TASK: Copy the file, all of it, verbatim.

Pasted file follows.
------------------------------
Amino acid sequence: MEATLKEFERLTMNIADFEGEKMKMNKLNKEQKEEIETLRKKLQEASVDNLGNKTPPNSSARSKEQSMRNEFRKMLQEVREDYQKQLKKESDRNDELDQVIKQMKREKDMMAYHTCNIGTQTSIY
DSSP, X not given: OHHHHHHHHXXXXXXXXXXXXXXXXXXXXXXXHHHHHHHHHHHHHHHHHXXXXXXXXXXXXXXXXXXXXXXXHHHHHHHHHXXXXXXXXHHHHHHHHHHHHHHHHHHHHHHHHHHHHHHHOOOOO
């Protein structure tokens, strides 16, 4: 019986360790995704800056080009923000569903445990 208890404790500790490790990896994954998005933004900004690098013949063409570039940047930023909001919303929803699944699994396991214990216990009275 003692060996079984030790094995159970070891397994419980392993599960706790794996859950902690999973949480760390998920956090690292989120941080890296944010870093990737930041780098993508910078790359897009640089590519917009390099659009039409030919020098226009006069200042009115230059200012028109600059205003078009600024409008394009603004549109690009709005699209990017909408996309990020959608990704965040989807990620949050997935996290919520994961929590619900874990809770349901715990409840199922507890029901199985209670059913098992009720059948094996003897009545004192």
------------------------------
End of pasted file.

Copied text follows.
Amino acid sequence: MEATLKEFERLTMNIADFEGEKMKMNKLNKEQKEEIETLRKKLQEASVDNLGNKTPPNSSARSKEQSMRNEFRKMLQEVREDYQKQLKKESDRNDELDQVIKQMKREKDMMAYHTCNIGTQTSIY
DSSP, X not given: OHHHHHHHHXXXXXXXXXXXXXXXXXXXXXXXHHHHHHHHHHHHHHHHHXXXXXXXXXXXXXXXXXXXXXXXHHHHHHHHHXXXXXXXXHHHHHHHHHHHHHHHHHHHHHHHHHHHHHHHOOOOO
């Protein structure tokens, strides 16, 4: 019986360790995704800056080009923000569903445990 208890404790500790490790990896994954998005933004900004690098013949063409570039940047930023909001919303929803699944699994396991214990216990009275 003692060996079984030790094995159970070891397994419980392993599960706790794996859950902690999973949480760390998920956090690292989120941080890296944010870093990737930041780098993508910078790359897009640089590519917009390099659009039409030919020098226009006069200042009115230059200012028109600059205003078009600024409008394009603004549109690009709005699209990017909408996309990020959608990704965040989807990620949050997935996290919520994961929590619900874990809770349901715990409840199922507890029901199985209670059913098992009720059948094996003897009545004192």